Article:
Driftnet command tutorial and examples

Sniffing consists of intercepting packets through a network to get their content. When we share a network, intercepting the traffic going through it is pretty easy with a sniffer, that’s why protocol encryption such as https is so important, when traffic is unencrypted even credentials go in plain text and can be intercepted by attackers.

This tutorial focuses on intercepting media, specifically images using the Driftnet sniffer, as you will see it will be only possible to capture images going through unencrypted protocols like http rather than https, and even unprotected images within sites protected with SSL (insecure elements).

The first part shows how to work with Driftnet and Ettercap and the second part combines Driftnet with ArpSpoof.

Using  Driftnet to capture images with Ettercap:

Ettercap is a suite of tools useful to carry out MiM (Man in the Middle) attacks with support for active and passive dissection of protocols, it supports plugins to add features and works by setting the interface in promiscuous mode and arp poisoning.

To begin, on Debian and based Linux distributions run the following command to install

# apt install ettercap-graphical -y

Now install Wireshark by running:

# apt install wireshark -y

During the installation process Wireshark will ask if non root users are able to capture packets, take your decision and press ENTER to continue.

Finally to install Driftnet using apt run:

# apt install driftnet -y

Once all software is installed, to prevent interrupting the target connection you need to enable IP forwarding by running the following command:

# cat /proc/sys/net/ipv4/ip_forward
# ettercap -Tqi enp2s0 -M arp:remote ////
# echo “1”> /proc/sys/net/ipv4/ip_forward

Check the ip forwarding was properly enabled by executing:

Ettercap will start scanning all hosts

While Ettercap scans the network run driftnet using the -i flag to specify the interface as in the following example:

# driftnet -i enp2s0

Driftnet will open a black window in which images will appear:

If images aren’t displayed even when you access from other devices images through unencrypted protocols test if IP forwarding is properly enabled again and then launch driftnet:

Driftnet will start showing images:

By default, intercepted images are saved inside the /tmp directory with the prefix “drifnet”. By adding the flag -d you can specify a destination directory, in the following example I save the results inside the directory called linuxhinttmp:

# driftnet -d linuxhinttmp -i enp2s0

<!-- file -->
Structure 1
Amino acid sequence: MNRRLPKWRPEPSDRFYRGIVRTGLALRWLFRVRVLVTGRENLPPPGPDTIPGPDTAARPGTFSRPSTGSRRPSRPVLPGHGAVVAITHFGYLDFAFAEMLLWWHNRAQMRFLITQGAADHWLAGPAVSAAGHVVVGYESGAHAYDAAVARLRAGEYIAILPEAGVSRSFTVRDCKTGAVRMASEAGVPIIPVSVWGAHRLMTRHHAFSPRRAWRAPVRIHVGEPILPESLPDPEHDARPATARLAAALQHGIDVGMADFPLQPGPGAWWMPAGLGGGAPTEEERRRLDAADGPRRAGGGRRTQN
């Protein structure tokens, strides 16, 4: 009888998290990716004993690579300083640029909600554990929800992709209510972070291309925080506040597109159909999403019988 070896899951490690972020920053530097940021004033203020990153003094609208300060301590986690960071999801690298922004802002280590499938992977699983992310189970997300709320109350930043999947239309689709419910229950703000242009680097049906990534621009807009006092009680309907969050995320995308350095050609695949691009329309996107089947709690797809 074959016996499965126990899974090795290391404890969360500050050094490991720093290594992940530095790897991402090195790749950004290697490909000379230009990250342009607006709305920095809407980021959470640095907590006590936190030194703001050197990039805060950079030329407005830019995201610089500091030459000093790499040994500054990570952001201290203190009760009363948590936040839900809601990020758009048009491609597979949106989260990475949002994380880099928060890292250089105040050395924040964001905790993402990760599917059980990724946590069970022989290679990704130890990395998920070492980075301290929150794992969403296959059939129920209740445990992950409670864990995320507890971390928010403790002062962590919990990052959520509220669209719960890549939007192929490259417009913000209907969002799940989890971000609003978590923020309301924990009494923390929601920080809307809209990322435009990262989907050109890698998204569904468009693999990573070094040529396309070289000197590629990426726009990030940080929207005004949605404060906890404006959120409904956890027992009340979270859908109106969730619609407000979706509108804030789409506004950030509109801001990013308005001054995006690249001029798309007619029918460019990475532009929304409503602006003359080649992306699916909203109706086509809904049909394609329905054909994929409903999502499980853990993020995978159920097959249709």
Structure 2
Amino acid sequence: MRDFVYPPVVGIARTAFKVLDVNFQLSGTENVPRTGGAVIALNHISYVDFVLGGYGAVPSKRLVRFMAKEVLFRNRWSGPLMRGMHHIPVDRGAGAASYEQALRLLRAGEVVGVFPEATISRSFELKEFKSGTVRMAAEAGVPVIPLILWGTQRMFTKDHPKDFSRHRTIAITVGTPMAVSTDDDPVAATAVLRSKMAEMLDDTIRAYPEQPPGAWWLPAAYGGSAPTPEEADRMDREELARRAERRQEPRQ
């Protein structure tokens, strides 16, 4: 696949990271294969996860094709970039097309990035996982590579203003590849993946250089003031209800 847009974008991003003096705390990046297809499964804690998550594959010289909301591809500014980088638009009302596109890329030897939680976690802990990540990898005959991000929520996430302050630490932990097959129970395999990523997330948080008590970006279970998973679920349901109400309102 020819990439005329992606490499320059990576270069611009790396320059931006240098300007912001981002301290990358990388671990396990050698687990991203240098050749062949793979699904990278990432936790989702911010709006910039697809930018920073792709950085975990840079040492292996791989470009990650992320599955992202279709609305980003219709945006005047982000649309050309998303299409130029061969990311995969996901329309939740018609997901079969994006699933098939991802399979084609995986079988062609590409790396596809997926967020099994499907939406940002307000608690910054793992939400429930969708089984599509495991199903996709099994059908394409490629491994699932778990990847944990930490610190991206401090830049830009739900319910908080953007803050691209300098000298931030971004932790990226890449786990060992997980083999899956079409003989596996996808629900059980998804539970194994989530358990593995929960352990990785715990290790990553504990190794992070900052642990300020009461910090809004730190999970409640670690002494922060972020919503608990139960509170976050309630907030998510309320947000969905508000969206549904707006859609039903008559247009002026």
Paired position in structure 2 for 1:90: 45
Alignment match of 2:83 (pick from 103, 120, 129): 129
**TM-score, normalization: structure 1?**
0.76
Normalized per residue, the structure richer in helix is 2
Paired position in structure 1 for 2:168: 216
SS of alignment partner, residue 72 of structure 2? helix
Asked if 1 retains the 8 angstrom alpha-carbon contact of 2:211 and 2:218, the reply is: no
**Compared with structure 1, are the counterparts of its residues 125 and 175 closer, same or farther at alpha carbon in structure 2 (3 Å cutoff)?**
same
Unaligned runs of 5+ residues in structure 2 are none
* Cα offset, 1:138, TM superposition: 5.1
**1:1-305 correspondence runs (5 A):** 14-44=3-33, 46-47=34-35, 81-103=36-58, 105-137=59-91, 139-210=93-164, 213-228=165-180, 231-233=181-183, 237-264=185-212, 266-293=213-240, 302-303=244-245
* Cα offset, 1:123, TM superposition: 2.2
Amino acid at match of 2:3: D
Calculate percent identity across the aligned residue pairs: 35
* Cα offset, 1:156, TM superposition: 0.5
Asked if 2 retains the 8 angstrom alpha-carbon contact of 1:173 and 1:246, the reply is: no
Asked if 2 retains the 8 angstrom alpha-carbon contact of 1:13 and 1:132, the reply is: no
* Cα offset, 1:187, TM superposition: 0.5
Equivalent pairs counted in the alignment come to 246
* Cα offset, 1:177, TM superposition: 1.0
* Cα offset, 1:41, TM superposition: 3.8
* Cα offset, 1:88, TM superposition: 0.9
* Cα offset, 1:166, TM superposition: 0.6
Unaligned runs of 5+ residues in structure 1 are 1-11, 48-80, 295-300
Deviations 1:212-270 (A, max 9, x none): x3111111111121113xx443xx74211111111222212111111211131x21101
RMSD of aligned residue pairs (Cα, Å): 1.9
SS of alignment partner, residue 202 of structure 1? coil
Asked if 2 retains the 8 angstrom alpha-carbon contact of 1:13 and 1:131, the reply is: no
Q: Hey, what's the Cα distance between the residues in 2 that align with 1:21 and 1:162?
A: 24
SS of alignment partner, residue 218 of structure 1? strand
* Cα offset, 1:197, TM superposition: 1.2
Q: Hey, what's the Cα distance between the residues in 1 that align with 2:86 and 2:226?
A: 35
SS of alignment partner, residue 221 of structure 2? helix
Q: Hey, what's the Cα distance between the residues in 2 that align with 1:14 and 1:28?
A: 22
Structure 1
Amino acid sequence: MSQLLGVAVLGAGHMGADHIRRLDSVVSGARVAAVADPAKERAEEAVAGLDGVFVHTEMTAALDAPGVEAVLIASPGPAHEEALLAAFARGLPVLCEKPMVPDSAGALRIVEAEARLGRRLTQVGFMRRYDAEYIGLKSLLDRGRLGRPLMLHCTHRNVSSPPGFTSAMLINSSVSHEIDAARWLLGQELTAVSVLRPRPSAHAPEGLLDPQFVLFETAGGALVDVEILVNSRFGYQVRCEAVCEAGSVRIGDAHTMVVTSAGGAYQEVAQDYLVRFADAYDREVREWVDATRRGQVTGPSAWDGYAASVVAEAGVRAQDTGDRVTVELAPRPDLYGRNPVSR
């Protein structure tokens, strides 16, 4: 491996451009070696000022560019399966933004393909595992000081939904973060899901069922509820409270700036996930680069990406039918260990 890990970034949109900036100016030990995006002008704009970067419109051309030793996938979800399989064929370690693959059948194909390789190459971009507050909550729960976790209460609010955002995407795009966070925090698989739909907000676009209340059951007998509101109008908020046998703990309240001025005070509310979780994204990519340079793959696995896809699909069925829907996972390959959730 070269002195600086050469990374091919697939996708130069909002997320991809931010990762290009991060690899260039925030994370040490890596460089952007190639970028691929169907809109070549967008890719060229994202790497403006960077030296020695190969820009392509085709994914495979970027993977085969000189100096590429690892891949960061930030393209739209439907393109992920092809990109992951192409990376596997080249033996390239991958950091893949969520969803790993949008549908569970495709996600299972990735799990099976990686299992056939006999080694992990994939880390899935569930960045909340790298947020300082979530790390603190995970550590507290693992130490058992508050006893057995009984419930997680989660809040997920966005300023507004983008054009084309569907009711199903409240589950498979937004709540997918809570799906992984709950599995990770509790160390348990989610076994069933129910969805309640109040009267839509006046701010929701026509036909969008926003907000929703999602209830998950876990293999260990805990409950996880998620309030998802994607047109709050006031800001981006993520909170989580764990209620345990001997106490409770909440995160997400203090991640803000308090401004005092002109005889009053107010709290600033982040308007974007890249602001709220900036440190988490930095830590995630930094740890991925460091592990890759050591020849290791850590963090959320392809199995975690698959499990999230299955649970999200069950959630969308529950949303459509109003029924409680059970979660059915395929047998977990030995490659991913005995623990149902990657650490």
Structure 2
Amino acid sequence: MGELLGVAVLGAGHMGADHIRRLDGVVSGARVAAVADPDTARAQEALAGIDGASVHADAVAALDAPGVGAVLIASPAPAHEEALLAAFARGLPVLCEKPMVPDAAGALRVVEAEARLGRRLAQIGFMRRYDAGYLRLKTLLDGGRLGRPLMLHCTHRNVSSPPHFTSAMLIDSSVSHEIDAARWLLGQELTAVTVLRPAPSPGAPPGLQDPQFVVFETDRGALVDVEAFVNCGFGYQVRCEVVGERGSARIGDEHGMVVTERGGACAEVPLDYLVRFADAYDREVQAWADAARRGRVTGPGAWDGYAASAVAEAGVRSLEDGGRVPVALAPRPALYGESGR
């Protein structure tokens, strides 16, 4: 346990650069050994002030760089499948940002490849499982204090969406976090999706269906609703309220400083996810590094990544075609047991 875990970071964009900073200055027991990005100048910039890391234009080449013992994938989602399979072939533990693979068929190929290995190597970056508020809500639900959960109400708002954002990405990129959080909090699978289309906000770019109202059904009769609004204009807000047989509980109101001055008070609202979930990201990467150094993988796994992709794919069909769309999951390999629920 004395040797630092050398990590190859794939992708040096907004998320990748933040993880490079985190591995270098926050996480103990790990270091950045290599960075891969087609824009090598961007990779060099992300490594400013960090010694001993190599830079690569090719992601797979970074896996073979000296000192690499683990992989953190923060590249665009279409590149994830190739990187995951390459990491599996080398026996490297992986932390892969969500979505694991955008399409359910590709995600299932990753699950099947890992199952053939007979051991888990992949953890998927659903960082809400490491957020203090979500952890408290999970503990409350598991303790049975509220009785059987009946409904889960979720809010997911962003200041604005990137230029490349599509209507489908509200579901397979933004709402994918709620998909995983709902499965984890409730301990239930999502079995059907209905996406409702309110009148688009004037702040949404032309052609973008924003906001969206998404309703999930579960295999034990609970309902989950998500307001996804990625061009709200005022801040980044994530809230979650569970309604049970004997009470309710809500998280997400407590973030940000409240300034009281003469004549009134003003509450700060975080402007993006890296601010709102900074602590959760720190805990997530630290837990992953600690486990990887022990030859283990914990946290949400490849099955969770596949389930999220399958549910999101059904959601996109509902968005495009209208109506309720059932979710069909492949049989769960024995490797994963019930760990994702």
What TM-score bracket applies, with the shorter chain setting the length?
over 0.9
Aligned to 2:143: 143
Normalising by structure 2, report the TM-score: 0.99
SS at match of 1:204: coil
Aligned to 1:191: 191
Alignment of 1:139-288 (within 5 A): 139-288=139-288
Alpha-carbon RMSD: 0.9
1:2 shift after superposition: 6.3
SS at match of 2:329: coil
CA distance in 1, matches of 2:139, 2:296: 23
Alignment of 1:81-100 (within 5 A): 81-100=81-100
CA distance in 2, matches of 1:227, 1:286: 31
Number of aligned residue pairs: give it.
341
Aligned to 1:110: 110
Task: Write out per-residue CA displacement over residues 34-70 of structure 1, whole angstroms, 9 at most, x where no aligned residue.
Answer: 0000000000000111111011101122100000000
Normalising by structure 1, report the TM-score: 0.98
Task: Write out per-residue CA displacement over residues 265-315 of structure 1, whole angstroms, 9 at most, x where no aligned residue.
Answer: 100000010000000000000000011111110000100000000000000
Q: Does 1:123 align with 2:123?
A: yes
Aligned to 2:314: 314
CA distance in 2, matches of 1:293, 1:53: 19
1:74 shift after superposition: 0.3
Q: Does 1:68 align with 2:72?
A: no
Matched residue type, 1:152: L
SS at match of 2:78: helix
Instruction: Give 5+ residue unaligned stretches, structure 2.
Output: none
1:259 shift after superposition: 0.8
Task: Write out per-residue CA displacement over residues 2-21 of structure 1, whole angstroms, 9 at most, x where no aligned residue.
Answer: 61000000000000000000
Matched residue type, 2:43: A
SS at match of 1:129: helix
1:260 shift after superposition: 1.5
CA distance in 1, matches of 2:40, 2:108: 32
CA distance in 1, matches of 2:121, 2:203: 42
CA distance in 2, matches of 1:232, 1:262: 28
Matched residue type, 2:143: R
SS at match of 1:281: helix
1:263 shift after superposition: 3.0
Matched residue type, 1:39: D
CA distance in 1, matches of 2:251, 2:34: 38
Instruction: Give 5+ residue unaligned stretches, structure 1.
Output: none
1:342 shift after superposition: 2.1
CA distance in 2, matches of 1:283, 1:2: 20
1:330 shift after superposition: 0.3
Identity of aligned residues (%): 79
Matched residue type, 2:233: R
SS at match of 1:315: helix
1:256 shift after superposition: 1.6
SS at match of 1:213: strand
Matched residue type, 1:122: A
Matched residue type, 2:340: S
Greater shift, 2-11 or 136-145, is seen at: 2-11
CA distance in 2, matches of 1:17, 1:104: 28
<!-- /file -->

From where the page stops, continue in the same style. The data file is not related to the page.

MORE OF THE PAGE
You can check inside the directory and you will find the results:

Using Driftnet to capture images with ArpSpoofing:

ArpSpoof is a tool included in the Dsniff tools. The Dsniff suite includes tools for network analysis, packets capture and specific attacks against specified services, the entire suite includes:arpspoof,dnsspoof, tcpkill, filesnarf, mailsnarf, tcpnice, urlsnarf, webspy, sshmitm, msgsnarf, macof, etc.

While in the previous example captured images belonged to random targets in the current example I will attack the device with IP 192.168.0.9. In this case the process combines an ARP attack forging the real gateway address making the victim to believe we are the gateway; this is another classical example of a “Man In the Middle Attack”.

To begin, on Debian or based Linux distributions install the Dsniff packet through apt by running:

# apt install dsniff -y

Enable IP forwarding by executing:

# echo1> /proc/sys/net/ipv4/ip_forward

Run ArpSpoof defining the interface using the flag -i, define the gateway and target followed by the -t flag:

# sudo arpspoof -i wlp3s0 -t 192.168.0.1 192.168.0.9

Now launch Driftnet by running:

# driftnet -i wlp3s0

How to get protected against sniffing attacks

Intercepting traffic is pretty easy with any sniffing program, any user without knowledge and with detailed instructions like the found in this tutorial can carry out an attack intercepting private information.

While capturing traffic is easy, it is to encrypt it too so when captured it remains unreadable for the attacker. The proper way to prevent such attacks is keeping safe protocols like HTTP, SSH, SFTP and refuse to work through unsecure protocols unless you are within a VPN or sae protocol with endpoint authentication to prevent addresses forgery.

Configurations must be done properly as with software like Driftnet you are still able to steal media from SSL protected sites if the specific element goes through an insecure protocol.

Complex organizations or individuals in need of security assurance can rely on Intrusion Detection Systems with capability to analyze packets detecting anomalies.

Conclusion:

All software listed in this tutorial is included by default in Kali Linux, the main hacking Linux distribution and in Debian and derived repositories. Carrying out a sniffing attack targeting media like the attacks shown above is really easy and takes minutes. The main obstacle is, its only useful through unencrypted protocols which aren’t widely used anymore. Both Ettercap and the Dsniff suite which contains Arpspoof contain a lot of additional features and uses which were not explained in this tutorial and deserve your attention, the range of applications range  from sniffing images to complex attacks involving authentication and credentials like Ettercap when sniffing credentials for services such as  TELNET, FTP, POP, IMAP, rlogin, SSH1, SMB, MySQL, HTTP, NNTP, X11, IRC, RIP, BGP, SOCKS 5, IMAP 4, VNC, LDAP, NFS, SNMP, MSN, YMSG or Monkey in the MIddle of dSniff (https://linux.die.net/man/8/sshmitm).

I hope you found this tutorial on Driftnet command tutorial and examples useful.

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